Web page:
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What We've Learned From Building Basie


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Since 2008, over 100 students from 16 universities have worked in distributed teams on open source projects for course credit. Using Basie ( as an example, this talk explains how we have made that work. This talk was given at PyCon 2010 in Atlanta on February 20, 2010.

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What We've Learned From Building Basie

  1. What We’ve Learned From Building Basie and lots of other software using student labor over the course of eight years Greg Wilson Feb 2010
  2. I Beg To Differ “…student projects, while laudatory, frequently fail to deliver anything useful.” About a quarter of the student projects I’ve helped supervise since 2002 have delivered software that clients actually used, and the rest have produced something just as useful: experience.
  3. The Big Picture 368 people, 136 projects, 35 countries of origin
  4. How We Got To Basie Start running directed studies 2002 projects at University of Toronto 2003 2004 First attempt to 2005 2006 build portal Join U of T fulltime (using Java) 2007 2008 UCOSP 2009 2010
  5. Why Another Portal? SourceForge and Trac already exist; why build another portal? 1) Self-hosting 2) Simple 3) Batch operations 4) Sustainable Cabot & Wilson: “Tools for Teams: A Survey of Web-Based Software Project Management Portals”. Doctor Dobb’s Journal, October 2009.
  6. We’ve Been Busy!
  7. We Have Tickets!
  8. To Make a Long Story Short Undergraduate students can build a lot of great software If: 1) You have realistic expectations 2) You’re patient 3) You realize that “how” matters more than “what”
  9. 1) Realistic Expectations Most students are doing five courses at once Which leaves them 8-10 hours/week for your project A 13-week term is equivalent to 3 full-time weeks How much do you expect a new (junior) hire to do in their first three weeks on the job?
  10. Realistic Expectations (cont.) Most faculty are working even harder than their students “We’re here to do research, they pay us to teach, we spend our time on admin.” They care about computer science, which is not the same thing as programming You can’t blame them for doing what they’ve been trained to do, either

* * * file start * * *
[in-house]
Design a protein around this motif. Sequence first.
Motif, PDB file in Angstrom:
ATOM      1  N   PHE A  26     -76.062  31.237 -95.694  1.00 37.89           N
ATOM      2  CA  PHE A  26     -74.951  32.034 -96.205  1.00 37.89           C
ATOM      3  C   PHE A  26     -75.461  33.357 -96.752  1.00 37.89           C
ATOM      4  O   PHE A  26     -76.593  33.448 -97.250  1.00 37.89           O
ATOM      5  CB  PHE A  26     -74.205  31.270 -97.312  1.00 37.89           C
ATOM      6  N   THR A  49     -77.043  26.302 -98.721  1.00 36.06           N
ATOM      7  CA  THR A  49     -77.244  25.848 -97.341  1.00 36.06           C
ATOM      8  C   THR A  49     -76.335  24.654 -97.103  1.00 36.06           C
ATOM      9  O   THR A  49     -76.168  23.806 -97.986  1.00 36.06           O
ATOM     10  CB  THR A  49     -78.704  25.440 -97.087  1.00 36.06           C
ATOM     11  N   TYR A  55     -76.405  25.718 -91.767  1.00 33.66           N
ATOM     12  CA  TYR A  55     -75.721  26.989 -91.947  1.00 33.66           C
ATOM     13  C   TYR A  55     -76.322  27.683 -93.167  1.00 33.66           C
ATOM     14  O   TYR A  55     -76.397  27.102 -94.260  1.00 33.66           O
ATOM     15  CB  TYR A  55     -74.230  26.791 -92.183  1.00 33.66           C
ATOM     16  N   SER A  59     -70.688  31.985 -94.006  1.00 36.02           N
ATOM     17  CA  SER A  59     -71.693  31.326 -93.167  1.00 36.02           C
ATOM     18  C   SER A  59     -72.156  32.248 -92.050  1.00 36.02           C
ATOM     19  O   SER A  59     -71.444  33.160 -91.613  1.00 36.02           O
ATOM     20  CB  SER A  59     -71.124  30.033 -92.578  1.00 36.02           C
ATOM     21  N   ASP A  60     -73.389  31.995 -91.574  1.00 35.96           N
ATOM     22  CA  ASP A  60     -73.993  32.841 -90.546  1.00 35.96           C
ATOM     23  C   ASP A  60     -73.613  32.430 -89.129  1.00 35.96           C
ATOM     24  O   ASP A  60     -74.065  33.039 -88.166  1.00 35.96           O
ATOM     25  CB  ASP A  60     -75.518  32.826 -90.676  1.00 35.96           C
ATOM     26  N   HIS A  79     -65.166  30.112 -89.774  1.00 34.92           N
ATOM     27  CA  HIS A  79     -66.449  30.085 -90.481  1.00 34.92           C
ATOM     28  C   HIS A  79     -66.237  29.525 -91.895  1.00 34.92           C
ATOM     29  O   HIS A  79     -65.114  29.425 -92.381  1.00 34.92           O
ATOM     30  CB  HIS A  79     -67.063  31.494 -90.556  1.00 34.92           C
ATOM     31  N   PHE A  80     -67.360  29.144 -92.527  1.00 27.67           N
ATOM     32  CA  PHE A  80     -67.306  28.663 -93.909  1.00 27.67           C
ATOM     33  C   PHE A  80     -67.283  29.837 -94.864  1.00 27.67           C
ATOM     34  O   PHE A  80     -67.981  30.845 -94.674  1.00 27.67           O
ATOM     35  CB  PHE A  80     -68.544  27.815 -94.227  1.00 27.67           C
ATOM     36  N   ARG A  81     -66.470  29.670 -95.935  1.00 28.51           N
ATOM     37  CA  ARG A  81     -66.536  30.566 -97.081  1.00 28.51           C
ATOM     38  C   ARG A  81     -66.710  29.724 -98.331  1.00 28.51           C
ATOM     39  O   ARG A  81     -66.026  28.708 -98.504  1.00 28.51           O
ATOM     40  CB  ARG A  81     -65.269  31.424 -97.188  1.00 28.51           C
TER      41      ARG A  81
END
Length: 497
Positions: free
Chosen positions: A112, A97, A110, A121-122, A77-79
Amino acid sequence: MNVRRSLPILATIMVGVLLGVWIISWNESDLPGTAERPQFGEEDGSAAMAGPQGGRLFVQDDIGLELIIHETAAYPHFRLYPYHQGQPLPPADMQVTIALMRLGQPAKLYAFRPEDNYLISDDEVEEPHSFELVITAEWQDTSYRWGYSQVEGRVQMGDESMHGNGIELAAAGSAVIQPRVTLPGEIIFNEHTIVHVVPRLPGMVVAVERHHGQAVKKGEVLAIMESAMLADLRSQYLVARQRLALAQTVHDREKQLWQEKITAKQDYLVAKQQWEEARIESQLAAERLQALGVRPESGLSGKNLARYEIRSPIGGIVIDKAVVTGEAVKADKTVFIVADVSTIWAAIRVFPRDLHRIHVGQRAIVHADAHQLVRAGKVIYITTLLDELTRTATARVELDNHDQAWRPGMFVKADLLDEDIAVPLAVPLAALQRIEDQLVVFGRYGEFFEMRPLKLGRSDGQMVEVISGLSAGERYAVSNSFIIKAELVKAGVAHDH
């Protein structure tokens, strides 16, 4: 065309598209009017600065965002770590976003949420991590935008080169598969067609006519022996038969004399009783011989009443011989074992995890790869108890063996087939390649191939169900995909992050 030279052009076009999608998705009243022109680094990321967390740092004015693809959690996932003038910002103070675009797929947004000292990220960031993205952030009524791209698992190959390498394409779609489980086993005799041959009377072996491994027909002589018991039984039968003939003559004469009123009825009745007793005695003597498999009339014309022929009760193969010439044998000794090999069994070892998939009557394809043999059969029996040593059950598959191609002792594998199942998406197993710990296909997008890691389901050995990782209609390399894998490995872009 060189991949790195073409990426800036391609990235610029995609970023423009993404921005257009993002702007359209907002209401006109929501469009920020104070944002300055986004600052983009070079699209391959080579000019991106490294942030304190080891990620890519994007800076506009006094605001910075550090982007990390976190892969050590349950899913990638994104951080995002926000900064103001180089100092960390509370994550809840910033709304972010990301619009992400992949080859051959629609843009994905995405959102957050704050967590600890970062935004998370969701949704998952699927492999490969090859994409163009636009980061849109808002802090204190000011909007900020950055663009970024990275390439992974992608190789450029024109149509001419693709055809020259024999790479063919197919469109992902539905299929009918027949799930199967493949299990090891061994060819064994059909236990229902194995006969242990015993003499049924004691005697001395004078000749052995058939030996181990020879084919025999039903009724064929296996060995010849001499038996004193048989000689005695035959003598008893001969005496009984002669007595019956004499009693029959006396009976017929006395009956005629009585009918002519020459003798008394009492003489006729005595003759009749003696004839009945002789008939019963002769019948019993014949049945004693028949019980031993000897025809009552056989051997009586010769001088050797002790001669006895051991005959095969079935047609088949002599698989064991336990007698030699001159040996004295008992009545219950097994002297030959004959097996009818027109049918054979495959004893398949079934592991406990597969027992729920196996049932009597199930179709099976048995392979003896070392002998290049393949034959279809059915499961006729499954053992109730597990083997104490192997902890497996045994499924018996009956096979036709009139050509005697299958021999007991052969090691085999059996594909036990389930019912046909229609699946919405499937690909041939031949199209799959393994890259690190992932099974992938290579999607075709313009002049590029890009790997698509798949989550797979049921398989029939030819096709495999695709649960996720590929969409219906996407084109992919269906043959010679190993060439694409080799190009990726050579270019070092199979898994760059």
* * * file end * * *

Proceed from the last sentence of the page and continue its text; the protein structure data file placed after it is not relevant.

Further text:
11. 2) Patience Your project may be the first time students have written something that isn’t just going to be marked and thrown away And the first time that 90% right isn’t good enough You must not make students feel like failures for working the way they have been trained to Even (especially) if those ways are wrong
  12. Patience (cont.) “Why don’t schools teach students [Git | Haskell | GPUs | cloud]?” Because the curriculum is full 4 years × 2 terms/year × 13 weeks = 4800 hours The hard part isn’t figuring out what should be in there The hard part is getting agreement on what to take out
  13. 3) How, Not What Q: What was the most valuable lesson you learned from your project? Nobody said “technology” What they did say was: • Teamwork • Presentation skills • Prioritization • Negotiating with real users • Code review • Building their network and portfolio By the way, our project students are 28.5% female
  14. There’s A Textbook For That Karl Fogel: Producing Open Source Software: How to Run a Successful Free Software Project O’Reilly, 2005 The same skills students need to succeed in grad school
  15. Other Lessons Learned • How to run meetings • How to teach students how to do code reviews • What level of tooling is appropriate/feasible • Accountability • How to accelerate ramp-up • Carry-overs from previous terms • Importance of full-time summer work (yay GSoC!) • Industry support • Presentations, presentations, presentations • Scoping and re-scoping deliverables • Recruiting students and faculty • Grading Thanks to Prof. Karen Reid for this list (and much else)
  16. Help Us to Help You Basie Eclipse4Edu ElmCity DC FlightSim Ingres MarkUs Mercurial Pony-Build RoboCup Thunderbird WikiDev
  17. Thank You